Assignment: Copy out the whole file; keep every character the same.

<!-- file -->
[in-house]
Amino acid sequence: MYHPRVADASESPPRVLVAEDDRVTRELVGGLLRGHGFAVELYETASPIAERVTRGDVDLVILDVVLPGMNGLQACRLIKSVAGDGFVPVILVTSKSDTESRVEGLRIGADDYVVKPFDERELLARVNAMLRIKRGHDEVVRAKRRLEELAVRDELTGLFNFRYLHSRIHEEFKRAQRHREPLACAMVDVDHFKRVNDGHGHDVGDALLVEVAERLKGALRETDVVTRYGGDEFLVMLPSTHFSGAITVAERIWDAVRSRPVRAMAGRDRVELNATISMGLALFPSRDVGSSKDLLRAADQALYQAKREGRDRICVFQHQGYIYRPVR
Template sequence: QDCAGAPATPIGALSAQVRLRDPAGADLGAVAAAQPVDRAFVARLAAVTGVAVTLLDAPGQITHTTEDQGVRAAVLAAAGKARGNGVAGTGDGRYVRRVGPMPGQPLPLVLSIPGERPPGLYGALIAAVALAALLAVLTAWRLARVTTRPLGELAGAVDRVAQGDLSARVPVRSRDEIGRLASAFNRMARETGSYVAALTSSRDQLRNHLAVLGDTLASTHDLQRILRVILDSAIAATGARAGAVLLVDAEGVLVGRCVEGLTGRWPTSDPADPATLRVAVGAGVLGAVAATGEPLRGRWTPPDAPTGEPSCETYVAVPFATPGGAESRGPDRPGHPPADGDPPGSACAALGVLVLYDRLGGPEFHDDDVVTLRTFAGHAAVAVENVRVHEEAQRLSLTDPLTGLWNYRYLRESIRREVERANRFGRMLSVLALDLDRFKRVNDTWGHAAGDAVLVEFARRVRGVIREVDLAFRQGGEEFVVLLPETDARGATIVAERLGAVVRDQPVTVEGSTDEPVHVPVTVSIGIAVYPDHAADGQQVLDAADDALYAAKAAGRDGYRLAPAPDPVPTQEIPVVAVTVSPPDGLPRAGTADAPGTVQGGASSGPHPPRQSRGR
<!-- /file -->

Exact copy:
[in-house]
Amino acid sequence: MYHPRVADASESPPRVLVAEDDRVTRELVGGLLRGHGFAVELYETASPIAERVTRGDVDLVILDVVLPGMNGLQACRLIKSVAGDGFVPVILVTSKSDTESRVEGLRIGADDYVVKPFDERELLARVNAMLRIKRGHDEVVRAKRRLEELAVRDELTGLFNFRYLHSRIHEEFKRAQRHREPLACAMVDVDHFKRVNDGHGHDVGDALLVEVAERLKGALRETDVVTRYGGDEFLVMLPSTHFSGAITVAERIWDAVRSRPVRAMAGRDRVELNATISMGLALFPSRDVGSSKDLLRAADQALYQAKREGRDRICVFQHQGYIYRPVR
Template sequence: QDCAGAPATPIGALSAQVRLRDPAGADLGAVAAAQPVDRAFVARLAAVTGVAVTLLDAPGQITHTTEDQGVRAAVLAAAGKARGNGVAGTGDGRYVRRVGPMPGQPLPLVLSIPGERPPGLYGALIAAVALAALLAVLTAWRLARVTTRPLGELAGAVDRVAQGDLSARVPVRSRDEIGRLASAFNRMARETGSYVAALTSSRDQLRNHLAVLGDTLASTHDLQRILRVILDSAIAATGARAGAVLLVDAEGVLVGRCVEGLTGRWPTSDPADPATLRVAVGAGVLGAVAATGEPLRGRWTPPDAPTGEPSCETYVAVPFATPGGAESRGPDRPGHPPADGDPPGSACAALGVLVLYDRLGGPEFHDDDVVTLRTFAGHAAVAVENVRVHEEAQRLSLTDPLTGLWNYRYLRESIRREVERANRFGRMLSVLALDLDRFKRVNDTWGHAAGDAVLVEFARRVRGVIREVDLAFRQGGEEFVVLLPETDARGATIVAERLGAVVRDQPVTVEGSTDEPVHVPVTVSIGIAVYPDHAADGQQVLDAADDALYAAKAAGRDGYRLAPAPDPVPTQEIPVVAVTVSPPDGLPRAGTADAPGTVQGGASSGPHPPRQSRGR